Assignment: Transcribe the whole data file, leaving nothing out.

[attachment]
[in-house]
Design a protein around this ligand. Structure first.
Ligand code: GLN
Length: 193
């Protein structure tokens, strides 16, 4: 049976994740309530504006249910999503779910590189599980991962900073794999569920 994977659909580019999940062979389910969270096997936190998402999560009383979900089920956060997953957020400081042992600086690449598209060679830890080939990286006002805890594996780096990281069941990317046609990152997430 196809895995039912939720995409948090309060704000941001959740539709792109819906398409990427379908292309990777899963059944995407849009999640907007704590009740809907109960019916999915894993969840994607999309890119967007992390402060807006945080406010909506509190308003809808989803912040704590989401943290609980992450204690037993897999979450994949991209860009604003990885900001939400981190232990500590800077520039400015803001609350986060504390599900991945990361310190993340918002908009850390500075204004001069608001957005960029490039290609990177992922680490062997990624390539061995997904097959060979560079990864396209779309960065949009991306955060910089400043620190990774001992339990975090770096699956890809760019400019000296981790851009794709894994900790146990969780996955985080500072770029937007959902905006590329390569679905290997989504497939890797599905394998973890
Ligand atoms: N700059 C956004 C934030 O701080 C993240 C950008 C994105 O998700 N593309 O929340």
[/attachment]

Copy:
[in-house]
Design a protein around this ligand. Structure first.
Ligand code: GLN
Length: 193
């Protein structure tokens, strides 16, 4: 049976994740309530504006249910999503779910590189599980991962900073794999569920 994977659909580019999940062979389910969270096997936190998402999560009383979900089920956060997953957020400081042992600086690449598209060679830890080939990286006002805890594996780096990281069941990317046609990152997430 196809895995039912939720995409948090309060704000941001959740539709792109819906398409990427379908292309990777899963059944995407849009999640907007704590009740809907109960019916999915894993969840994607999309890119967007992390402060807006945080406010909506509190308003809808989803912040704590989401943290609980992450204690037993897999979450994949991209860009604003990885900001939400981190232990500590800077520039400015803001609350986060504390599900991945990361310190993340918002908009850390500075204004001069608001957005960029490039290609990177992922680490062997990624390539061995997904097959060979560079990864396209779309960065949009991306955060910089400043620190990774001992339990975090770096699956890809760019400019000296981790851009794709894994900790146990969780996955985080500072770029937007959902905006590329390569679905290997989504497939890797599905394998973890
Ligand atoms: N700059 C956004 C934030 O701080 C993240 C950008 C994105 O998700 N593309 O929340």